Illinois Lawmakers Introduce Bill To Oust Chicago Mayor Rahm Emanuel

There's currently no legal mechanism to remove the mayor of Chicago -- but some lawmakers want to change that.

As Chicago Mayor Rahm Emanuel's popularity spirals downward, two Illinois Democrats have introduced legislation that could lead to a recall of the embattled mayor.

Just hours after Emanuel made a rare apology for the city's handling of the fatal 2014 police shooting of Laquan McDonald, Illinois Reps. La Shawn Ford (D-Chicago) and Mary Flowers (D-Chicago) introduced a bill that would amend a 1941 state law and allow the City of Chicago to hold a recall election.

Currently, there is no city ordinance or state law that provides for a mayoral recall. As noted by the Better Government Association, "the state constitution does not address the issue of recalling locally elected officials."

Among the proposal's several provisions is one stating that a recall petition would need to collect valid signatures totaling at least 15 percent of the number of votes cast in the most recent mayoral election. In the event of a successful recall, a separate election would choose a successor. 

Following Emanuel's Tuesday morning address to the Chicago City Council, thousands of protesters calling for his removal poured into the streets and marched from downtown around City Hall to the tony Gold Coast neighborhood about a mile north (where, incidentally, Emanuel had many supporters in the last mayoral election).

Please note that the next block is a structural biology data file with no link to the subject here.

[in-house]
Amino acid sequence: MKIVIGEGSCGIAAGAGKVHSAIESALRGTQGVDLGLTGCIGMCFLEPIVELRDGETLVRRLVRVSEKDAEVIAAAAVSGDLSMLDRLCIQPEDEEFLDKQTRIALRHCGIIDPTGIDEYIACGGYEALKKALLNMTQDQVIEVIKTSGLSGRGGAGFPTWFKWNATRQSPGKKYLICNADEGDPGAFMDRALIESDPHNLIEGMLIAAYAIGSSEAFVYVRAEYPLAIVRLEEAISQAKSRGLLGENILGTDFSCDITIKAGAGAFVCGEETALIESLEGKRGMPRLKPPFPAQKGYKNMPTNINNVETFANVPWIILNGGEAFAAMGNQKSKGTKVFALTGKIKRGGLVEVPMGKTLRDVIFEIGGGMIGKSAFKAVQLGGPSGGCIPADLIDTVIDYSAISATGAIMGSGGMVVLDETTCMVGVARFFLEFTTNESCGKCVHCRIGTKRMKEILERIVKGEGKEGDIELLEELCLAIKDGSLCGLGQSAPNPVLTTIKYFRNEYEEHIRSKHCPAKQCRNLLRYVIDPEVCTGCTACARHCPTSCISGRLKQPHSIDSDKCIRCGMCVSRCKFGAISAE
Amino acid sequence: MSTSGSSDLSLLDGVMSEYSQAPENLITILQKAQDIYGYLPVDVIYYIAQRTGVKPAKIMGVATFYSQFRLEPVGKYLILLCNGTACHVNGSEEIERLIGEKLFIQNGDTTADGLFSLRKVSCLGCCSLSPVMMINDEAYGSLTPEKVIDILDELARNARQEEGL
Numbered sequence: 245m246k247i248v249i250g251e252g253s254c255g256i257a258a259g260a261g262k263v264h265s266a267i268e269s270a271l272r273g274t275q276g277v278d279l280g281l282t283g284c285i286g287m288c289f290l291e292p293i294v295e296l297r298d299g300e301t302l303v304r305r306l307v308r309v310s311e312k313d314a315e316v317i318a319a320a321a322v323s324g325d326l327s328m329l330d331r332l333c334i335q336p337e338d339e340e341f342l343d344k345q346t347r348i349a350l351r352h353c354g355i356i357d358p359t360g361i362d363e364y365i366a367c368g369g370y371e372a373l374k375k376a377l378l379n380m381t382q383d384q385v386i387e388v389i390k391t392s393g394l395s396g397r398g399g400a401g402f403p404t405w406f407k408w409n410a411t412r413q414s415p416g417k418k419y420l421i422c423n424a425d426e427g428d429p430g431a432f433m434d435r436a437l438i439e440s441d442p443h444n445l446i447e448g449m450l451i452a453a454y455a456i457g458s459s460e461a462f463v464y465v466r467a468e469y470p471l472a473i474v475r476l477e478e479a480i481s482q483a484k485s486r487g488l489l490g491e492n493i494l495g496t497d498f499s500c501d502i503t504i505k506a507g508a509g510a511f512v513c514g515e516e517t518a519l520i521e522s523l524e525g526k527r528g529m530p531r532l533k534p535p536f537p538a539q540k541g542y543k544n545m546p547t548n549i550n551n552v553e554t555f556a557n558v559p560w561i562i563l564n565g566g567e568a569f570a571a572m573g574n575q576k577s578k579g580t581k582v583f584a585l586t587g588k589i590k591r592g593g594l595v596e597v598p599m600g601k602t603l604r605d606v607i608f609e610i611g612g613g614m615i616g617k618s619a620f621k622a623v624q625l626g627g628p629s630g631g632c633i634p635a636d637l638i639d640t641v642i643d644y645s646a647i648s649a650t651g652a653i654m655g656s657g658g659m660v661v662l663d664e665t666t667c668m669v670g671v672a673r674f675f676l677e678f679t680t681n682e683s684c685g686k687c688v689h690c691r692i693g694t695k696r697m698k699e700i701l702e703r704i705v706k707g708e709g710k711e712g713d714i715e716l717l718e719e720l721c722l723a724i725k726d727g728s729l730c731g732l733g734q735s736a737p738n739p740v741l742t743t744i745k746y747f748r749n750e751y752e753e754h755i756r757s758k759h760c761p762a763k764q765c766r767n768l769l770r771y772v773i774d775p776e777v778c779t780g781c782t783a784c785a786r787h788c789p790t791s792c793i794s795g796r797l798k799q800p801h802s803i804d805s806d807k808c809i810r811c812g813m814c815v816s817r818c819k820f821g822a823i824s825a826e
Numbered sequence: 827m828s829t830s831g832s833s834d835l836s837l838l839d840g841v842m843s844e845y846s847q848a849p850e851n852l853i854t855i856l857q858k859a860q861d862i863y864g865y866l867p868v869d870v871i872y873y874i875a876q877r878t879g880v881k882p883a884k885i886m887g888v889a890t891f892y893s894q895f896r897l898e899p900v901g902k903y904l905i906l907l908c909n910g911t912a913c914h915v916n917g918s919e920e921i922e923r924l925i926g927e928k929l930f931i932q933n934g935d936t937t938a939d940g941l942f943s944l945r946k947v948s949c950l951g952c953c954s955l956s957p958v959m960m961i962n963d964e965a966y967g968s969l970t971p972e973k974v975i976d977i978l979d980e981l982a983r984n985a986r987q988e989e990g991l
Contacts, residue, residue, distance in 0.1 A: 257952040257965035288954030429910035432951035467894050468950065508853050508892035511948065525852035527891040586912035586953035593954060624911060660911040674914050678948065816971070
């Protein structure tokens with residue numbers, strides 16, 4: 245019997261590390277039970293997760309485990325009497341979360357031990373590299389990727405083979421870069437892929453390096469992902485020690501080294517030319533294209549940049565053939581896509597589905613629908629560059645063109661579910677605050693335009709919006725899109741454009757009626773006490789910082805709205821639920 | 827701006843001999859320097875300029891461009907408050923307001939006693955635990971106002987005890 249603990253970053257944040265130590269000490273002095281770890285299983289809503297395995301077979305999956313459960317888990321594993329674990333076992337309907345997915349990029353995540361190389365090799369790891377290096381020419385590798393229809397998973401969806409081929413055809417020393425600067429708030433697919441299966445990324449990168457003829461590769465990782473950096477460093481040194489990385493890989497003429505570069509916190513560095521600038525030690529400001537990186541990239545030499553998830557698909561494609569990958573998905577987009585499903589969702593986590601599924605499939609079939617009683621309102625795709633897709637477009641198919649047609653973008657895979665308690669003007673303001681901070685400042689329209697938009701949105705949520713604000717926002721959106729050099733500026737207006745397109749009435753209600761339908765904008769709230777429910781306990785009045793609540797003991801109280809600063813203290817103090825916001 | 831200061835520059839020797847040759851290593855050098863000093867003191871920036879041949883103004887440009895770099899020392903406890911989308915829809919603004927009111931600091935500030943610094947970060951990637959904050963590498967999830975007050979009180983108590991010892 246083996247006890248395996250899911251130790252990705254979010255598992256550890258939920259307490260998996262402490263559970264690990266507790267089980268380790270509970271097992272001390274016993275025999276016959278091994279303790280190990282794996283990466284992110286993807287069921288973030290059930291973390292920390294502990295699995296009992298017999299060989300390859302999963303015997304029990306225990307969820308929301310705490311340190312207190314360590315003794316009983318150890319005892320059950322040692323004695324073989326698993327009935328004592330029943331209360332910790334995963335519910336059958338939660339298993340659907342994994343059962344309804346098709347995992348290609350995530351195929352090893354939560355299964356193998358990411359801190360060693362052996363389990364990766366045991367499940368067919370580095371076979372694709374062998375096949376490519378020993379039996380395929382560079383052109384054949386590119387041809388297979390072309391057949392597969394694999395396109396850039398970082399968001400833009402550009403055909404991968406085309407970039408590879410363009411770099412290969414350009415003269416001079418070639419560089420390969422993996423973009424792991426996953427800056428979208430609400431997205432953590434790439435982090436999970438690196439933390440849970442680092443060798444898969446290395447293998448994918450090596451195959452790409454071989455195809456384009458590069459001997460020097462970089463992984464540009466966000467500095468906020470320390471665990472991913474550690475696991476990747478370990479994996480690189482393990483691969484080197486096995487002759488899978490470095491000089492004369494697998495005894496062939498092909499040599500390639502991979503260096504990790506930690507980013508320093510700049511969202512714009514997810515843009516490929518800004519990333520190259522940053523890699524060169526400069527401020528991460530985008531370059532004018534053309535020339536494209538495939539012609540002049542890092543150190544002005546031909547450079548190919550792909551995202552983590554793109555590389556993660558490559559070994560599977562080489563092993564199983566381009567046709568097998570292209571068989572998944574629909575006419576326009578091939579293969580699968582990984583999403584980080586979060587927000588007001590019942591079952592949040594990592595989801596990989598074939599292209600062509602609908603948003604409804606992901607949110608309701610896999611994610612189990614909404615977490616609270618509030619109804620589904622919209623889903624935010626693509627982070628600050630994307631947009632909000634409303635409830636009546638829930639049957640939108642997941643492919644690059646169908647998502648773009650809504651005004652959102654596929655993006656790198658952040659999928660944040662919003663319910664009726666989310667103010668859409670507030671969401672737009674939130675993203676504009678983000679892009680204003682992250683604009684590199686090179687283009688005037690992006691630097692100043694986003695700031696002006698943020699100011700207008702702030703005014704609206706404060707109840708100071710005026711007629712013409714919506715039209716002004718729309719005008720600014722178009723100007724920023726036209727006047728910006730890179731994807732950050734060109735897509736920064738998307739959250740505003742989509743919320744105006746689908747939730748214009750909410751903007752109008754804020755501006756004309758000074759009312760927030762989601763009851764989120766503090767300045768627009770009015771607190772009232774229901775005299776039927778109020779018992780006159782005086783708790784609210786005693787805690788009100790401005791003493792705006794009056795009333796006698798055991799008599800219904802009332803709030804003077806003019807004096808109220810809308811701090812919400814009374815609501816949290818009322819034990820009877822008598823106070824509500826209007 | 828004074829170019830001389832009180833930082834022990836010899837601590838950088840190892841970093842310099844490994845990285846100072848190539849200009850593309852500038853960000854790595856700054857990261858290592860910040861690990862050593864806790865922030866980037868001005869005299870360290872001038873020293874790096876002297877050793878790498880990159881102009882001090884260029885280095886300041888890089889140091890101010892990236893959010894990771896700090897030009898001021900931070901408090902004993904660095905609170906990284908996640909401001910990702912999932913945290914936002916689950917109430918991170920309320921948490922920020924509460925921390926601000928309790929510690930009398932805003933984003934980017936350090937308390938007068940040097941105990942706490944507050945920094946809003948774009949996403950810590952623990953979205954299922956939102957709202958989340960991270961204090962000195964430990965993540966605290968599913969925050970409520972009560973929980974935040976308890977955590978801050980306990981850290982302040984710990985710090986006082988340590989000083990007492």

CHICAGO, IL - DECEMBER 09: Demonstrators march through downtown on December 9, 2015 in Chicago, Illinois. About 1,000 protest
CHICAGO, IL - DECEMBER 09: Demonstrators march through downtown on December 9, 2015 in Chicago, Illinois. About 1,000 protestors calling for the resignation of Chicago Mayor Rahm Emanuel marched through downtown blocking traffic and occasionally having brief clashes with police. Emanuel has come under fire as allegations of extreme misconduct in the Chicago Police Department continue to surface and many people have accused the mayor of trying to cover it up.

Calls for Emanuel's resignation have cropped up before, most notably in the wake of his handpicked school board's unpopular 2013 decision to close 50 public schools in mostly poor black and Latino neighborhoods. 

But the push to remove Emanuel -- who earlier this year was embarrassingly forced into a runoff election -- grew stronger after the city lost its battle to keep dash cam footage of the McDonald shooting under wraps. 

Emanuel denied his office tried to cover up the damning video, and resisted calls for his resignation.

Scrutiny continued to grow after the release of two more controversial videos -- one showing the shooting death of 25-year-old Ronald Johnson III, and another showing the Tasing of Philip Coleman, who later died in police custody -- and a Justice Department probe into the city's police department. 

City Hall, Ford's office and Flowers' office did not immediately responded to requests for comment. 

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#ResignRahm Calls For Mayor Rahm Emanuel's Ouster